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By Robert C. CowenNatural science editor of The Christian Science Monitor / January 3, 1980

The late James B. Conant -- chemist, educator, and president of Harvard University -- was a spoilsport among futurologists. Back in 1951, when nuclear power was only a radioactive gleam in its developers' eyes and visions of atom-based cornucopias abounded, he told the American Chemical Society's diamond jubilee dinner:

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"I see . . . neither an atomic holocaust nor the golden-age abundance of an atomic age. On the contrary, I see worried humanity endeavoring by one political device after another to find a way out of the atomic age."

Conant was out of step with his times, but the 1970s have vindicated his foresight. This gives perspective to the disillusionment with science and technology that is supposed to mark the decade. Developments that seem to call forth this dismay -- widespread chemical pollution, spray cans threatening Earth's ozone shield, satellites falling from the sky, the Three Mile Island incident and uncertainties of nuclear power -- all represent trends discernible decades ago by those scientists and technologists who looked at their work with clear eyes. It has just taken a while for the rest of us to catch up with them.

The dangers of which they tried to warn are no special property of the 1970s. They are part of the challenge humanity faces in learning to live on a planet where the impact of its numbers and its evolving technical prowess have become dominant factors. If we are seeing more clearly both the limitations and the potential of science and technology in helping us make the transition, that is a healthy thing.

Conant's words seem very much in tune with the decade of the long-playing Strategic Arms Limitation Treaty (SALT) debates in foretelling how the world would avoid nuclear war. "Only by the narrowest of margins . . .," he said. "And only because . . . the military advisers could not guarantee ultimate success." He believed peace would come by agreement, with sufficient checks on armaments to enable nations to exist on the same planet without undue worry about one another's military stockpiles.

The Bulletin of the Atomic Scientists has monitored the progress of this uneasy peace, using the symbol of a clock with hands set a few minutes before midnight as an indicator. It started out in the 1950s at 3 minutes to the hour. That was a period when Bulletin editors thought circumstances to be especially threatening. It moved back to 12 minutes to midnight after such agreements as the nuclear test ban treaty brought a more relaxed atmosphere. Now the editors are moving the hands ahead -- to 7 minutes to midnight -- because the world seems less stable again.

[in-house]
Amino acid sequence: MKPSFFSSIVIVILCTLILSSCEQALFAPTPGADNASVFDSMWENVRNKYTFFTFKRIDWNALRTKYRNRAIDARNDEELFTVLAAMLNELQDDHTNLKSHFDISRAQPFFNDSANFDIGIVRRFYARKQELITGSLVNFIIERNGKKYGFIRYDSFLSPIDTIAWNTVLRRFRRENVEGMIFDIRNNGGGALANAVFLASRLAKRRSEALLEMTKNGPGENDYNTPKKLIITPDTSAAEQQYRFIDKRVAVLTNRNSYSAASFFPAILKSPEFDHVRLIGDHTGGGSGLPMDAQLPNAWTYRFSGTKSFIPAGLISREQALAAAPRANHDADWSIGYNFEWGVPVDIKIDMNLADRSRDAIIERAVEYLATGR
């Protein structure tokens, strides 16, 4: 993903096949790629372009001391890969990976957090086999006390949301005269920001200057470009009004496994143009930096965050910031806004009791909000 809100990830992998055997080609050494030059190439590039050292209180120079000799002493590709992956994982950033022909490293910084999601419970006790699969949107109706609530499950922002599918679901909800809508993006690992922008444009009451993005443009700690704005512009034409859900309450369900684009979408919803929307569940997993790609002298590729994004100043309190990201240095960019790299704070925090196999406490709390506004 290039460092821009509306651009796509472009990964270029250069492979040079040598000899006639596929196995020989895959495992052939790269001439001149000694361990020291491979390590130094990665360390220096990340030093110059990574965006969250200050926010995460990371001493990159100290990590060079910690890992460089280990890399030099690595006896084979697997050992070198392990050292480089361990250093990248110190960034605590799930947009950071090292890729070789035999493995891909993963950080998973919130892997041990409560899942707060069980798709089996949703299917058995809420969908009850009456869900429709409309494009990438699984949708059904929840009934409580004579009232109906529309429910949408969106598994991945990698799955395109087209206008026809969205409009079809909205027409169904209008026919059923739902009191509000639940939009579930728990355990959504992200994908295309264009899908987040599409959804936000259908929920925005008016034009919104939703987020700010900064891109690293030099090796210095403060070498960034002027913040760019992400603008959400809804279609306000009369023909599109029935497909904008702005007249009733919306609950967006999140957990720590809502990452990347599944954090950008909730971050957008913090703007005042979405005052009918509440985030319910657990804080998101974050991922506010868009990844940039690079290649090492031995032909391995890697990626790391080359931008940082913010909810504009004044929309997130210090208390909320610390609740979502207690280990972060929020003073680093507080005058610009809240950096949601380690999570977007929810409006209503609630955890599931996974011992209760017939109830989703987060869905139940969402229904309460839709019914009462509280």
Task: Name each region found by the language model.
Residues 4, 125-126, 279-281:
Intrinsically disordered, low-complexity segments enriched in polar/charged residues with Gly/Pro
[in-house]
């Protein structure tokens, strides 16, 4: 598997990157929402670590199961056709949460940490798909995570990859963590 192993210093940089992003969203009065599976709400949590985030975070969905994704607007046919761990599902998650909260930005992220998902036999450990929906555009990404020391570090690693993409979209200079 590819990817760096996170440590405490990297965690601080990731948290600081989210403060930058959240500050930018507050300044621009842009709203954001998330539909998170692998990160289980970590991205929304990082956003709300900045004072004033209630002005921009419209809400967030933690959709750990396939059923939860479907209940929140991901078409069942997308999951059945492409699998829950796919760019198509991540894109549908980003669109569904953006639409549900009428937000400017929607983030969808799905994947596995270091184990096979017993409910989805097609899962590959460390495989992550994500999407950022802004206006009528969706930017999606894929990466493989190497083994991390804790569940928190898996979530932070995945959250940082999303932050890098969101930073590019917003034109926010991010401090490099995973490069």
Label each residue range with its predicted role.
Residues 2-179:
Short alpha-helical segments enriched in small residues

Certainly, some of the military technology deployed or under study in recent years seems unsettling -- technology typified by cruise missiles, laser weapons, beams of high-energy particles, and the slow proliferation of nuclear arms. But there has been nothing to undercut Conant's basic point that major nuclear war would leave no victors.The fact that the world, by and large, continues to work to maintain global peace shows that this point is understood, and that is reason for hope.

Dr. Conant also seems to have been a prophet for our times in what he said about energy.Speaking of what was then the future, he said, "Once the illusion of prosperity for all through the splitting of the atom vanished . . . the air began to clear." And what would take the atom's place? What else but solar power? Its practical application, he said, would bring an abundance of inexhaustible energy and would make garden spots of seaside deserts as sunshine was used to distill fresh water.

Just how abundant solar energy will become remains to be seen. President Carter's goal of meeting 20 percent of US energy needs with sunshine by the century's end seems feasible. But experts generally agree that federal support for research, pilot projects, and market stimulation should be boosted fivefold, to $5 billion a year, to achieve this.

Conant also thought sunshine would be a cheap energy source. Its costs may indeed come to seem attractive as costs of oil, coal, and gas soar. But if there is one energy lesson the '70s have driven home with a vengeance, it is that energy, no matter what its source, is not "cheap," as that term was understood in the 1950s and '60s. That was a technological illusion which few people, if any, saw through before this decade.